I made this so my children would have a bag of entertainment while I enjoyed my morning mocha at Starbucks. The beauty of it is that it can be simplified for younger students and blinged-out for older students. It can also be tailored to meet the desire of each child. My girls are between 4 and 7, so we made a simplified version.
1. Select what items the child would like to bring to the coffee shop and lay them on a long piece of material so you can see how much you will need. I chose a double sided quilting fabric so one side has a different print than the other and it is thicker than plain fabric.
Allow for a double folded quarter inch stitch around the entire material and then cut to the size of your needs. Lay the items out toward the top of the material to allow for space to fold up the pocket from the bottom. Stitch the top and bottom seams.
2. Select a ribbon for the tie. I made mine with a thick ribbon that was folded. I then put my child's choices on the mat and then folded the bottom portion up to form a pocket. I pinned this so I could measure the middle from this point so I could see where to sew each side of the ribbon to the project.
Stitch the ribbons so they flare outward from the project. Double fold the side seams about a quarter of an inch and stitch the left and right seams.
3. Fold the project in half like a book to mark the middle with a pin. Open it back up and then lay the items out again on top of it. I folded the pocket back up from top to bottom and made sure there was enough room for each item. Stitch the sides of the project so that the one large pocket is coming up from top to bottom.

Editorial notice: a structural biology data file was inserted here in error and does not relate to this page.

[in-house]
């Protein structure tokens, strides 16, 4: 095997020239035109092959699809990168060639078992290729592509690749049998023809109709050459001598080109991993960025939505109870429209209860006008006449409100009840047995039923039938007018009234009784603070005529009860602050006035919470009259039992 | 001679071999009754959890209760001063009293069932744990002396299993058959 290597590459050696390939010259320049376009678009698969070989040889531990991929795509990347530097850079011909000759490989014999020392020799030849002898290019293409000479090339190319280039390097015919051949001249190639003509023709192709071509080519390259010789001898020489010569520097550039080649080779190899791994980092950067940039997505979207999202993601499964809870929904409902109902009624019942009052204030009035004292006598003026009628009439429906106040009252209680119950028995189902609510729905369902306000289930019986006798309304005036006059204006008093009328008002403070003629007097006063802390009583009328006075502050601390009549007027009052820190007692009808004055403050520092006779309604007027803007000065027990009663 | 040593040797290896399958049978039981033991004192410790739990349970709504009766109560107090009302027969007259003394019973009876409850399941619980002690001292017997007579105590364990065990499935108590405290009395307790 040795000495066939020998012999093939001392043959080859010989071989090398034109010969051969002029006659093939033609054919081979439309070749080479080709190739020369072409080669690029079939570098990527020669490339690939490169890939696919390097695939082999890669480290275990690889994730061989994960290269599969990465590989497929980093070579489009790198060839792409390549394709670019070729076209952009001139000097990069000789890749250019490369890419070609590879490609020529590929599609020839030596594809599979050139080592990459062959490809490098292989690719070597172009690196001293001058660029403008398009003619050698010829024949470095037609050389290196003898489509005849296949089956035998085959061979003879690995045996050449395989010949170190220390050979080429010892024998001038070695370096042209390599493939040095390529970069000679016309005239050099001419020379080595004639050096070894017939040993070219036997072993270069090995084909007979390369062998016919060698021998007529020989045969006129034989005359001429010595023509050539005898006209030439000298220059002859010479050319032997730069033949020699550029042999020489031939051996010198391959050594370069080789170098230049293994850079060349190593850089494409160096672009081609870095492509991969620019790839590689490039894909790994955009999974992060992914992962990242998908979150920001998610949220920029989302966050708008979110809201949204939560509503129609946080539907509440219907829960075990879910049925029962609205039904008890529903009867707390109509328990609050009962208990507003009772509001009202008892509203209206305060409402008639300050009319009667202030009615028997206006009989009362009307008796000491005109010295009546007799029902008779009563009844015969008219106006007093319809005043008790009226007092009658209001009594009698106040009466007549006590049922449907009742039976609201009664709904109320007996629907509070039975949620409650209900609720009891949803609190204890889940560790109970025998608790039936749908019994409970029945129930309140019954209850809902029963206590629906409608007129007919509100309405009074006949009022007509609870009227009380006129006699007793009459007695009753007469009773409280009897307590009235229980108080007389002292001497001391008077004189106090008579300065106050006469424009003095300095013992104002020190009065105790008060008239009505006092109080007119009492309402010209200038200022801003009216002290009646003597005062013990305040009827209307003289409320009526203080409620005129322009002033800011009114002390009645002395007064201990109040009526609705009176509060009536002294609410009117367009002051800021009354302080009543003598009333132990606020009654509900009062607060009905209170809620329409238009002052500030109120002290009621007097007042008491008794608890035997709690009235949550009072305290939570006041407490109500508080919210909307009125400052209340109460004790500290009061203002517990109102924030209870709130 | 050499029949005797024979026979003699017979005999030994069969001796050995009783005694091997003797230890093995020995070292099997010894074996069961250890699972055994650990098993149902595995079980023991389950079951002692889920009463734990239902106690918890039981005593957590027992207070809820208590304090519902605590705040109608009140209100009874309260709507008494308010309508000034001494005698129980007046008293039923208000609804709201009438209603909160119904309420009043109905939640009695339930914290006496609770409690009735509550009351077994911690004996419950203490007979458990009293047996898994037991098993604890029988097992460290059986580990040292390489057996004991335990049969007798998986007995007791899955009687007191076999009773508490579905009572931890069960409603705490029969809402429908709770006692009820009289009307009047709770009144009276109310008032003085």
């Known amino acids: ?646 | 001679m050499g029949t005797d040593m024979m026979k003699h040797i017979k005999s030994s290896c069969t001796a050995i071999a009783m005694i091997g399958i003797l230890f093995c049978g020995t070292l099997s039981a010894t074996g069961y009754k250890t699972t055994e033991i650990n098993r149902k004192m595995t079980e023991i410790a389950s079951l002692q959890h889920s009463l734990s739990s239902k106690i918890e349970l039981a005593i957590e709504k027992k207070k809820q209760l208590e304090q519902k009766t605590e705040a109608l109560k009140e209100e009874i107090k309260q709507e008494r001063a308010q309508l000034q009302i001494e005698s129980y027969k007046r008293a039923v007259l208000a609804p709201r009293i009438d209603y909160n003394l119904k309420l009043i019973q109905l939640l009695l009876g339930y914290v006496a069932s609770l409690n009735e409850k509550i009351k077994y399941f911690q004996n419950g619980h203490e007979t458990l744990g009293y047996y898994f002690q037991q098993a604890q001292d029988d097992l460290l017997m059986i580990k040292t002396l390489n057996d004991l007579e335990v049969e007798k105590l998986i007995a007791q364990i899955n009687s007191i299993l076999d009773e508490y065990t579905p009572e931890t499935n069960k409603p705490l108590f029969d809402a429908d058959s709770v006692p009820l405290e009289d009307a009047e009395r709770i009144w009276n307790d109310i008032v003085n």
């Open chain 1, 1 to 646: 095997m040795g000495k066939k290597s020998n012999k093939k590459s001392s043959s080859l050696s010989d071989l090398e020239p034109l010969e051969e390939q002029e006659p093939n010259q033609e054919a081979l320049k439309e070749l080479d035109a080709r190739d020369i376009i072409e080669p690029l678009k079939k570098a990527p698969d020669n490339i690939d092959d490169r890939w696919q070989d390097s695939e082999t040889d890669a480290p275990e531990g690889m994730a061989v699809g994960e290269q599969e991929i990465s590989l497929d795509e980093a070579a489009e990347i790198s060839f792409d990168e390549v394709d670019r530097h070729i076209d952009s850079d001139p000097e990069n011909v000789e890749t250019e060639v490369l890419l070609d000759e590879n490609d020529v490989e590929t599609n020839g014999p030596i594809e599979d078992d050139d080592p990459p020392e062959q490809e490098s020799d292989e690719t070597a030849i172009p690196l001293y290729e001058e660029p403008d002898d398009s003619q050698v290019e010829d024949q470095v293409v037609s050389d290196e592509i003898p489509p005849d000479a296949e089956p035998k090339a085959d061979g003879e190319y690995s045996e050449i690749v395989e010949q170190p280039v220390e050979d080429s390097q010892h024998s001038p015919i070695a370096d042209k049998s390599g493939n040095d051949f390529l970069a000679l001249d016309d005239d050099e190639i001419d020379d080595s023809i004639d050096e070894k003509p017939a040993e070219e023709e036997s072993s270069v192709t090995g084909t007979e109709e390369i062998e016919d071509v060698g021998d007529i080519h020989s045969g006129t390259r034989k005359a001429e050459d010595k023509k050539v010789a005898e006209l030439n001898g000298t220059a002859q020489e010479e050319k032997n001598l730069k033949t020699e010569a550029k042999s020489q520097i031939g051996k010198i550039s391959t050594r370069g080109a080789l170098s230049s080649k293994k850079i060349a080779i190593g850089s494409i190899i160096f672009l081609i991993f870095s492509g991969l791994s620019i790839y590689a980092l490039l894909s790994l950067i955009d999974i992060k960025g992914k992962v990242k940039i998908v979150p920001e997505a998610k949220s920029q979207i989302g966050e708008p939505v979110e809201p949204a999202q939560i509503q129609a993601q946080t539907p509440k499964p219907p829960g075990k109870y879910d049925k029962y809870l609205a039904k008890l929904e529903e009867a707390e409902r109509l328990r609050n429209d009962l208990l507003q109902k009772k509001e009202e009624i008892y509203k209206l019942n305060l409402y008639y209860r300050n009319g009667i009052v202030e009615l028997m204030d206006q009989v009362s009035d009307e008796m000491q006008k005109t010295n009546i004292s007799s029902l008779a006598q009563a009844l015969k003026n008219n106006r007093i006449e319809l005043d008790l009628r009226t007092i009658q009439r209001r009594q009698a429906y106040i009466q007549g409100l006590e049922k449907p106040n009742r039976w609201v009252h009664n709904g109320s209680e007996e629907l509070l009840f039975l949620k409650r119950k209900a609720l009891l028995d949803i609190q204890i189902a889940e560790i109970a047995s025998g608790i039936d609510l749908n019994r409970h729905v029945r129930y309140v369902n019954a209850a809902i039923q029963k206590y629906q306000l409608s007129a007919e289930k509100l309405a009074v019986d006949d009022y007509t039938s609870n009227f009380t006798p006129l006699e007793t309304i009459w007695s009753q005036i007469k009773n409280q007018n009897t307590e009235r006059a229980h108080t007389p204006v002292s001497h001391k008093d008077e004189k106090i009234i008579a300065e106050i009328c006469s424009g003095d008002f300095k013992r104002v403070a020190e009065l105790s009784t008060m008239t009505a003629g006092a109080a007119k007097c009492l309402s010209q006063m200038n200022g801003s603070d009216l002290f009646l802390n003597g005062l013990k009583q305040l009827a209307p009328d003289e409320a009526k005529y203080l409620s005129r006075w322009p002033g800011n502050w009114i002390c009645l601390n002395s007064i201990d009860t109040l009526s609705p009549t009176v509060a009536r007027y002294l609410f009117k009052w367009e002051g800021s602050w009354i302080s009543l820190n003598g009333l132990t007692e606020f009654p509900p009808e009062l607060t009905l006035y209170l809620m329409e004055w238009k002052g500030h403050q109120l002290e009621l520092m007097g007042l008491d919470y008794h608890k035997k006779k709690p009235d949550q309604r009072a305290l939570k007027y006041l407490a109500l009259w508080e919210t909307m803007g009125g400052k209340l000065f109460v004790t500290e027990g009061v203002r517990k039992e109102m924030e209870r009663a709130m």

4. Lay out your items again and mark where you want your pockets. (Old Maid, Granola Bar and Magazine/Paper holder in demo.) Stitch from top to bottom to make your individual pockets as needed.
5. Lay your top item on your project. (Pencils in the demo.) Place pins at the end of the box, in the middle of top, bottom and sides. Remove the item and lay a ribbon from left to right and from top to bottom, with ends long enough to tie the bows. Repeat with the top to bottom. Only sew between the pins for this step, allowing the ends to be used for ties.
Note: For the savvy sewers, the corners of your layout might require you to change the needle. My girls and I are not that savvy, so we hand stitched the thick corners where it all came together and was a bit thick.
My three daughters all carry different things, from markers, to IPOD Touch, to books, to UNO. Design your pockets and project size to what your child needs.
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